Defenders View

Defenders President Jamie Rappaport Clark, © Krista Schlyer

There have been many victories under the Endangered Species Act (ESA) over the years. But quite a few did not come because our government did the right thing. They came because conservation groups like Defenders saw the government was failing to comply with the law and used the tool of last resort: the courts. 

Recently, Defenders won protections for imperiled sea turtles and shorebirds that depend on the beaches of Cape Hatteras National Seashore. We forced the creation of speed zones to protect endangered right whales migrating along the Atlantic coast from ship strikes. We also stopped night hunting of coyotes to protect endangered red wolves and ended a policy for Mexican gray wolves that was suppressing their population at unsustainable numbers. 

These victories and many more are because citizens and conservation groups have the right to sue to enforce the ESA. Access to the courts is a fundamental American right, as sacred as the right to free speech, and an essential tool for holding the government accountable. Thanks to this right, private citizens and conservation organizations have the same access to justice as wealthy corporations and special economic interests. 

But there are some in Congress who want to take away this right. Numerous stacked hearings have been held and bills have been drafted to keep citizens out of court. Without public participation in the enforcement of the ESA, the effectiveness of the law would be drastically curtailed, which is exactly what its opponents in Congress want.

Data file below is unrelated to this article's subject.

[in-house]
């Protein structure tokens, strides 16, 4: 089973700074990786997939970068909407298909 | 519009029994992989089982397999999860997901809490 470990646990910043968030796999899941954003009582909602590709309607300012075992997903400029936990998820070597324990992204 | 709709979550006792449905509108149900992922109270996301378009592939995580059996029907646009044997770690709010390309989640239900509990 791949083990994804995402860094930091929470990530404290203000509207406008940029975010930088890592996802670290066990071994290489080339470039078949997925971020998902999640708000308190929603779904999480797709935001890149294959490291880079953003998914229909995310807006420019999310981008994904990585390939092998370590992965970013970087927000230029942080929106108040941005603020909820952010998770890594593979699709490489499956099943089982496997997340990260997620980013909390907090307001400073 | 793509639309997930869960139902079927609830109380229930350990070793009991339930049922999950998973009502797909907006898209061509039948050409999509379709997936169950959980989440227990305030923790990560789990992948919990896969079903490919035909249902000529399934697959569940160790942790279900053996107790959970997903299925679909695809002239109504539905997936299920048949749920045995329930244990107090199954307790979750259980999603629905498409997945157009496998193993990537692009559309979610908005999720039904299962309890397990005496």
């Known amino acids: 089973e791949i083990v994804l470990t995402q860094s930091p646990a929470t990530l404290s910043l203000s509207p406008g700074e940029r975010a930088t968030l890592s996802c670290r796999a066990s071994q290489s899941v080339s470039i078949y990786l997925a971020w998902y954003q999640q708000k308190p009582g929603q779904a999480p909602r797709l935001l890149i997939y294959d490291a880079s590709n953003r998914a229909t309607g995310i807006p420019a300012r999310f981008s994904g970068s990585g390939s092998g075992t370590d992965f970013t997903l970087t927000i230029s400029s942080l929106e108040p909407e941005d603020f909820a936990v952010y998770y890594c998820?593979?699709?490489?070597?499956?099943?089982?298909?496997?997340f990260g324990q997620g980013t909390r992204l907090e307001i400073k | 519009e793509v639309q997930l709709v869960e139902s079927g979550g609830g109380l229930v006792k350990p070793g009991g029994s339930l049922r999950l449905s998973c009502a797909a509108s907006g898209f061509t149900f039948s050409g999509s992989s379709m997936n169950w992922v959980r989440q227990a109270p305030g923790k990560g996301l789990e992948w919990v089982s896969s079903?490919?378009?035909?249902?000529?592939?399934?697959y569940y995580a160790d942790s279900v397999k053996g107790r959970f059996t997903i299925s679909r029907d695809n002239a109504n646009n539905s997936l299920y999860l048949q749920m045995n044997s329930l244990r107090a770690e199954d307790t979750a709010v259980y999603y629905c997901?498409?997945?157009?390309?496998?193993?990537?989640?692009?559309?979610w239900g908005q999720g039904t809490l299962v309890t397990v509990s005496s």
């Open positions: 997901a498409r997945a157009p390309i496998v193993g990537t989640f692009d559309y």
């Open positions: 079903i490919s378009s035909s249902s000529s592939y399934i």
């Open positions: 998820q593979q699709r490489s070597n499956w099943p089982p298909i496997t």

We are currently in a dangerous political cycle, with limited support from the Obama administration and a constant whittling away by Congress of the budget to protect and restore endangered species, as well as legislative efforts to override science and delist imperiled species that still need protections. This results in an under-resourced and ineffective effort to maintain our stewardship responsibilities. Without continued citizen access to the courts, industrial interests and the wealthy will have the last word on what is saved and what is lost from our nation’s wildlife heritage. And we know what that got us before: polluted air and water, endangered wildlife and ruined public lands. 

Jamie Rappaport Clark, President

More Articles from Spring 2015

honeybee, © Dolores Rose
Keeping the world abuzz and blooming is crucial 
to biodiversity and our own food supply
Gunnison sage-grouse,  © Joel Sartore
Today fewer than 5,000 survive in seven scattered populations in southwestern Colorado and southeastern Utah. But things are starting to look up.
Carpenter Bee,  © Helena Jacoba/Flickr
Want to help native pollinators? Here are some bee basics for your backyard.
Mexican Gray Wolf, © Joel Sartore/
New FWS rule fails to help Mexican gray wolves

You may also be interested in:

Habitat Conservation
For all its unique beauty, the Arctic Refuge is under assault. The oil industry and its political allies continue to launch attacks to open this national treasure to destructive oil and gas drilling, while climate change threatens to disrupt its habitats faster than wildlife can adapt.
Spectacled Eider,  © Gary Kramer/Gary
In the Magazine
Climate change is upsetting the delicate balance that the spectacled eider needs to survive. Still recovering from decades of damage by lead poisoning, now this diving duck is facing a winter food shortage.
In the Magazine
If you were driving a car toward a cliff, would you step on the gas pedal or hit the brakes? Would you try to stop the car or keep driving, thinking that any injury you sustained would be patched up in the hospital later?